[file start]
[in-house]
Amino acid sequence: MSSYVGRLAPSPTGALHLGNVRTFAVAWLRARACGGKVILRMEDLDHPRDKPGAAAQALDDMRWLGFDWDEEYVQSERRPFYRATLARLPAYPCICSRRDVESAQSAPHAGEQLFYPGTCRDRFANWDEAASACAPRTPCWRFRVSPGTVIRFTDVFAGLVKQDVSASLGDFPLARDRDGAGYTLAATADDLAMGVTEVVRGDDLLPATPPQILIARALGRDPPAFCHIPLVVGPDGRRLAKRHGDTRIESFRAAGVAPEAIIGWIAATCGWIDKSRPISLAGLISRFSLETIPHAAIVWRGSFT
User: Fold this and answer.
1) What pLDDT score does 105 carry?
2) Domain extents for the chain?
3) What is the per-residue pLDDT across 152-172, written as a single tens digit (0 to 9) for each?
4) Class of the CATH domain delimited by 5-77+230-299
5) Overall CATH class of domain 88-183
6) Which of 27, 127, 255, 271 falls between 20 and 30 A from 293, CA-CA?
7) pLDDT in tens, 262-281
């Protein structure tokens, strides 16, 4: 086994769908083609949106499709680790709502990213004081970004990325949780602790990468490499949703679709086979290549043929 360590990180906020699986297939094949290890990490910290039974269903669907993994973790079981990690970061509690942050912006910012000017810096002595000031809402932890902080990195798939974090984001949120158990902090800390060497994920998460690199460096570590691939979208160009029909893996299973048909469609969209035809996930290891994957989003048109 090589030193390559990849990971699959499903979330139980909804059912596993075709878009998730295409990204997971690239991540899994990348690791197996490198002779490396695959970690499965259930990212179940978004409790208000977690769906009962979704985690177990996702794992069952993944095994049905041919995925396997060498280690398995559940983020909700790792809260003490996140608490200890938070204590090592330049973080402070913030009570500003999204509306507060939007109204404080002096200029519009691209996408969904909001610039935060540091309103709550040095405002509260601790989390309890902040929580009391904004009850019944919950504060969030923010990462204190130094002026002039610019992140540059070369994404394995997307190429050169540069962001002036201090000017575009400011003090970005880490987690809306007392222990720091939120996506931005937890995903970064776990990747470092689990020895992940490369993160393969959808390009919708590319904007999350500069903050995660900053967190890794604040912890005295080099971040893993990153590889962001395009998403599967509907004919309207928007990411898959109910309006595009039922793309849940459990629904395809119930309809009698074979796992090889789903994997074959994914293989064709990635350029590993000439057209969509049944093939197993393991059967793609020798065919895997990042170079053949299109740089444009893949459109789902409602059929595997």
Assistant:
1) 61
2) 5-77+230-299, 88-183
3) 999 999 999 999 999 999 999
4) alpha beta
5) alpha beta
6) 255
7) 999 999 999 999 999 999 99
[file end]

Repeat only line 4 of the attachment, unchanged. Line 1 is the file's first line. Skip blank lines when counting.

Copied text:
1) What pLDDT score does 105 carry?